What if we taught failure as a positive thing in life, rather than cast a dark shadow on it? What if we taught about the lessons that are to be learned in failing? What if we made this a word to embrace with open arms, to hug it when it appears, and to be proud that an attempt was made at something worthwhile, regardless of the outcome?
I have shared in the past that to me, to FAIL is to feel alive in life. It means that you are actually taking risks, you are embracing discomfort, you are going after your dreams, you are working towards creating the life that you truly want to live. Failure is not a disease to be avoided at all costs. In fact, it is something that should be praised as it means that someone had the courage to try something new. It means that someone decided to push play on their creativity. That is a beautiful thing.
When you take your test for your lead certification in rock climbing, you are told that you must fall in order to pass the test. Yes, you must purposely do something that is seen as failure, in order to pass the test. But that’s not all. They tell you between which clips you must fall and that you cannot stop and think about it before letting go. You must actually just do it without hesitation or you will fail the test. It is scary and summons fear to the surface. But, when you do not allow yourself to get into your head, when you do not over think it, and you just let go, there is such a rush of accomplishment and amazement that you actually did it.
In case you missed that let me boil it down: When you hesitate to take risks in life because you are afraid of failing, you actually fail the test of life. You actually fail in creating the life you desire. Because true failure as a result of giving it all you’ve got, is what brings vibrancy to your life. You feel alive!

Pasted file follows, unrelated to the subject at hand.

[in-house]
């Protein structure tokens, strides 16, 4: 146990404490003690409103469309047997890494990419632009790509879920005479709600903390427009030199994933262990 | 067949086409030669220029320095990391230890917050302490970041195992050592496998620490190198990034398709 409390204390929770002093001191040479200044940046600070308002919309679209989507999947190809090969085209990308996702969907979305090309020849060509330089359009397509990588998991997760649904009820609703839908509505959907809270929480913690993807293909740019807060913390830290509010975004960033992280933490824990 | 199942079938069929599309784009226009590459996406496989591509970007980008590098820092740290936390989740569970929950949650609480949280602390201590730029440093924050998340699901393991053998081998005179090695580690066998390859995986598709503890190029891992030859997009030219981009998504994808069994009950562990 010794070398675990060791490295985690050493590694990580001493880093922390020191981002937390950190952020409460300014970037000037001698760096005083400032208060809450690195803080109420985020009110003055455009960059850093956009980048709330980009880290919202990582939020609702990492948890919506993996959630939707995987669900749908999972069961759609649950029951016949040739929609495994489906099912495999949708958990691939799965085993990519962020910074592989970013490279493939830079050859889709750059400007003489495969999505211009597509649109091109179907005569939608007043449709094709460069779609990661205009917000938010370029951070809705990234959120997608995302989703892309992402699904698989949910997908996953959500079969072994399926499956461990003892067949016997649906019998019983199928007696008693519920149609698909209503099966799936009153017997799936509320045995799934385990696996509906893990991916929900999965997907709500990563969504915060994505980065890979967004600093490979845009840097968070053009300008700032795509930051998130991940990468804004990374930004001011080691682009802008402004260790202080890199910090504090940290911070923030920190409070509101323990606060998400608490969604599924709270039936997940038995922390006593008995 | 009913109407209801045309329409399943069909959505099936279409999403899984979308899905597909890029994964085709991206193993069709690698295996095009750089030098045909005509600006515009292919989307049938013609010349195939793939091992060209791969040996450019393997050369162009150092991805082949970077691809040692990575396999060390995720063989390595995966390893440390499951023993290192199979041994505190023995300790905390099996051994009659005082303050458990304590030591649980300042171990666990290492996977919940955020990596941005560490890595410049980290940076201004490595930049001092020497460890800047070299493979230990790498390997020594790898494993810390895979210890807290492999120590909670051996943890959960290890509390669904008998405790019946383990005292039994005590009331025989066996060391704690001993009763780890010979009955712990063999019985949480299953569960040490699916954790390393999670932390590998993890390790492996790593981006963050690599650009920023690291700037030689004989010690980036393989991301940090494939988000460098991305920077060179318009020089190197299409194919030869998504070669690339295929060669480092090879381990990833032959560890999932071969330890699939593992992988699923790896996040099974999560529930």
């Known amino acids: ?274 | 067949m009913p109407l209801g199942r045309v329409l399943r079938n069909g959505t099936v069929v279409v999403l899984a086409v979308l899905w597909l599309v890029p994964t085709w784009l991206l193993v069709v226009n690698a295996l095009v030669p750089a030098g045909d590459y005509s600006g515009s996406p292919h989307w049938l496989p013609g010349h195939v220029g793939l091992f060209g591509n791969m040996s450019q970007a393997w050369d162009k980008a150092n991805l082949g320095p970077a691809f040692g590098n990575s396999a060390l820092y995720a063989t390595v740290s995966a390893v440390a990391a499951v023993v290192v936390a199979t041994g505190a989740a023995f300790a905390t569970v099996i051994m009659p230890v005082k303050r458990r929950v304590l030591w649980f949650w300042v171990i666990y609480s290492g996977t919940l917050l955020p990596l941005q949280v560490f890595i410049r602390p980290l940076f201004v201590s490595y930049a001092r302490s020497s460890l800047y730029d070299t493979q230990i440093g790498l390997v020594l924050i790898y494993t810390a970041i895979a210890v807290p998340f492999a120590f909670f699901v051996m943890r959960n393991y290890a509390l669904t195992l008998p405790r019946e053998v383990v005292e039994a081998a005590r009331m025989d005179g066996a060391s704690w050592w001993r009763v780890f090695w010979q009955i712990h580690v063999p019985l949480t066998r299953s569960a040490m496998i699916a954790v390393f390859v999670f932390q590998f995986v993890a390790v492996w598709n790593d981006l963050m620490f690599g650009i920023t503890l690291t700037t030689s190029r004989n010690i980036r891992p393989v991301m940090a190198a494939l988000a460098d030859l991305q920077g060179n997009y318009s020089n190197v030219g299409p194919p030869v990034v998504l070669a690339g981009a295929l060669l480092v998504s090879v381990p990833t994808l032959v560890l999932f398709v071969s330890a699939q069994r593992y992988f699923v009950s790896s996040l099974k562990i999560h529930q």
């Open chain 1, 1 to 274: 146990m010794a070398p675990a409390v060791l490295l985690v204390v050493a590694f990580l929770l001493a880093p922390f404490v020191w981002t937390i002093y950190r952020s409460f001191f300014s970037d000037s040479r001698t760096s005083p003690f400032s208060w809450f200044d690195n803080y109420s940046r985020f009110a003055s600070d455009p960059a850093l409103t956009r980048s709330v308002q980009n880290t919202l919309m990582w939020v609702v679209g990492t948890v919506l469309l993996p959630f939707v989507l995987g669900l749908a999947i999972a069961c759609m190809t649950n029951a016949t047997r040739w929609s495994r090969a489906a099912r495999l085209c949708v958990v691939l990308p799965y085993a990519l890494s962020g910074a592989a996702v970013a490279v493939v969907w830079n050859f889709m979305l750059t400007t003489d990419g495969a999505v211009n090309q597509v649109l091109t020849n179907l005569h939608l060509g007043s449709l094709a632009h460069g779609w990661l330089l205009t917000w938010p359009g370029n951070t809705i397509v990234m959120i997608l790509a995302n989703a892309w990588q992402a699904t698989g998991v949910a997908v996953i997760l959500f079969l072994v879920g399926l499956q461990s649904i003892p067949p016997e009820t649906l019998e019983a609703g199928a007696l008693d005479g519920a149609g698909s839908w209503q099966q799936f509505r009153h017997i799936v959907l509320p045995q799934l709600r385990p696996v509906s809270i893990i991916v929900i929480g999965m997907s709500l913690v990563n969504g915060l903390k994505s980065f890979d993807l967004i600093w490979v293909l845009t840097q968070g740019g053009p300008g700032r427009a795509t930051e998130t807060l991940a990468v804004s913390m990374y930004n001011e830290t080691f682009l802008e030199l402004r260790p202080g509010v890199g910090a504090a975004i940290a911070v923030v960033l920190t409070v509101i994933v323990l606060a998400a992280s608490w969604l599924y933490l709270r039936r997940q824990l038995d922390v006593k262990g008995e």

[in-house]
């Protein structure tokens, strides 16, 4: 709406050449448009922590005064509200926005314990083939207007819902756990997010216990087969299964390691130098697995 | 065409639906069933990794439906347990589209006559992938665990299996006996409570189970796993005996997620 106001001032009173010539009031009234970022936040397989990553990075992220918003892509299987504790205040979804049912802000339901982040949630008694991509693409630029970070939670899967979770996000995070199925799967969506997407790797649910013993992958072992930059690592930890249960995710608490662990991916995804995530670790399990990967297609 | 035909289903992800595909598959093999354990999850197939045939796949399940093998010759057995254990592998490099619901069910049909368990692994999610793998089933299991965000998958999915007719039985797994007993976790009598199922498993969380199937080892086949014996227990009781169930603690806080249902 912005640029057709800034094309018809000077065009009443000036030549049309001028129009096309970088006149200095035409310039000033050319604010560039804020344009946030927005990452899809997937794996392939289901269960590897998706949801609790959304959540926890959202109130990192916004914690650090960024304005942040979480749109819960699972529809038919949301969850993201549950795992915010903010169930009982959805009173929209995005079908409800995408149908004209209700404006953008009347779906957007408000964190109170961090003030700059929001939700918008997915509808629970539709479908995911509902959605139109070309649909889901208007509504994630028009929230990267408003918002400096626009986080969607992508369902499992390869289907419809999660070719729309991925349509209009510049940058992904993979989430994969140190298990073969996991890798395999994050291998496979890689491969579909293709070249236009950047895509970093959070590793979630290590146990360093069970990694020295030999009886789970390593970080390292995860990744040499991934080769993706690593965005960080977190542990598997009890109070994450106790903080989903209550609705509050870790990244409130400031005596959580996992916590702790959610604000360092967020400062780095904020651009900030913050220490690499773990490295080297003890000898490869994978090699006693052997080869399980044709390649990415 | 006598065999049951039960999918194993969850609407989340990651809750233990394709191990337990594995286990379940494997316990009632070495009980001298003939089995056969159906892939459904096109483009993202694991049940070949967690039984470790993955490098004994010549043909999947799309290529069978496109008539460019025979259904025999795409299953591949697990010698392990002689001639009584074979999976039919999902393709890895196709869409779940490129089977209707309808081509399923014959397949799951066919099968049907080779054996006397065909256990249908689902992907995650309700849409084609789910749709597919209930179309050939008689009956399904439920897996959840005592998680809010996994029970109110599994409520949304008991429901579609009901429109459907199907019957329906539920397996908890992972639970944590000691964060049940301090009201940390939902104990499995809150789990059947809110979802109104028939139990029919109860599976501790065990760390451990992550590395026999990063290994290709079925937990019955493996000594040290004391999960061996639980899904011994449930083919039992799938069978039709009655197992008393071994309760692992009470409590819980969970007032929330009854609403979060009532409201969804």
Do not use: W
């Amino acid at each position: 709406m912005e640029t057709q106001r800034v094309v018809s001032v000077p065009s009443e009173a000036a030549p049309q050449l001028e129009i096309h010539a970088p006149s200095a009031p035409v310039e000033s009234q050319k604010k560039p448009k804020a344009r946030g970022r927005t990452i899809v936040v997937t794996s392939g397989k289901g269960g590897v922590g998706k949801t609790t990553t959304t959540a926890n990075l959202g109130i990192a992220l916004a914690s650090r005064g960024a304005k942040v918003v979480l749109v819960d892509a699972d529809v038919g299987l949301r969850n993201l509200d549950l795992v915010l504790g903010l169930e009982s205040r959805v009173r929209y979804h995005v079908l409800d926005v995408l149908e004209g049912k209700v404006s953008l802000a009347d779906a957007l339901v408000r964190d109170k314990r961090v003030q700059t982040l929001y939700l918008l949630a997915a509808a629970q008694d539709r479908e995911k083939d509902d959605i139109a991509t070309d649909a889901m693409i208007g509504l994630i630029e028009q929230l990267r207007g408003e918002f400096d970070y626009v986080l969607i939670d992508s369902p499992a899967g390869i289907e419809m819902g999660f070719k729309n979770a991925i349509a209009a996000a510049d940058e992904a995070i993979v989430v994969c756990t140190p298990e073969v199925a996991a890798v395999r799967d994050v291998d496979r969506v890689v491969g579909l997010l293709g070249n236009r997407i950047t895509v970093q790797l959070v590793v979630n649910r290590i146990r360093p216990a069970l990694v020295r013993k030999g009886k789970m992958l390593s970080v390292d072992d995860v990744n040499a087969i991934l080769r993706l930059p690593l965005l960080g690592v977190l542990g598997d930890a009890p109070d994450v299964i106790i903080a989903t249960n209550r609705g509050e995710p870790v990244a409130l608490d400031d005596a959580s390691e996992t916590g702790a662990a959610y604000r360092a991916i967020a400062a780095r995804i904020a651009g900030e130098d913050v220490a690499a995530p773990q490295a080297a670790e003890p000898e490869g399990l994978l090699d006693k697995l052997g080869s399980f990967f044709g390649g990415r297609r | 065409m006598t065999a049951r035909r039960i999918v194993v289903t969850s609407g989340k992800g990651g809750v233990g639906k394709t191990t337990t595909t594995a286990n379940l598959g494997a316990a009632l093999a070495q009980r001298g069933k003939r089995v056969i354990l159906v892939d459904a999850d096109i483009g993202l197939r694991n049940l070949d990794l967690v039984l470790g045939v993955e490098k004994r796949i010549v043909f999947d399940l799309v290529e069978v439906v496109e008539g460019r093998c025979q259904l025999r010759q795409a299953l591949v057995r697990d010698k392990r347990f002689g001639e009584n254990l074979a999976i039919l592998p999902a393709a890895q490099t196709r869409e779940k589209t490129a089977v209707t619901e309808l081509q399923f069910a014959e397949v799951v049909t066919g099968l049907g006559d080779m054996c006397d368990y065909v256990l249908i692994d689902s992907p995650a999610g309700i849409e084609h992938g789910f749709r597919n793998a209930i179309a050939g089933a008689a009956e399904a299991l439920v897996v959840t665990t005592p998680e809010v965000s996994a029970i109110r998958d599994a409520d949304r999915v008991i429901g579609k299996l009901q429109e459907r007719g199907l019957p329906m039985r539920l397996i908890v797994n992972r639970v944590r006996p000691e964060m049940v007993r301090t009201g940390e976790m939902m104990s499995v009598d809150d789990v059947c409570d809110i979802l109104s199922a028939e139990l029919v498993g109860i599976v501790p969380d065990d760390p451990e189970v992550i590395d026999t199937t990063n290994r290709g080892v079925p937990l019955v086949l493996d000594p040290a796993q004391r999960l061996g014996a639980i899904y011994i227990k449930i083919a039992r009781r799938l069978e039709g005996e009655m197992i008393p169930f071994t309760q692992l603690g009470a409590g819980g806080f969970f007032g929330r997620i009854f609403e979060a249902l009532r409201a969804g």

Understand that when you hesitate—be it because of fear, self-doubt, negative thoughts—you remove the possibility to receive the gifts that are wrapped within failure. You rob yourself of building your courage and confidence muscles. You kill curiosity and progress in its tracks. You welcome regret and mediocrity.
Before I took the actual lead test, I did some mock lead climbing so that I could practice falling as if I were actually leading. The first time I fell was because I could no longer hold on, and I let out a little scream. It wasn’t too bad once it was over. The second time, I did a little countdown and just let go. That time felt even better; I felt proud. I fell a few more times so that it didn’t bother me as much when I had to take the test (for which I did pass).
Life is one big practice. You keep trying. You know you will fail. You also know you will win. But don’t give up. Feel alive by going for it. Welcome the gifts of failure. Extract the lessons from the experience and try again. Take action. Have fun. Feel alive in life!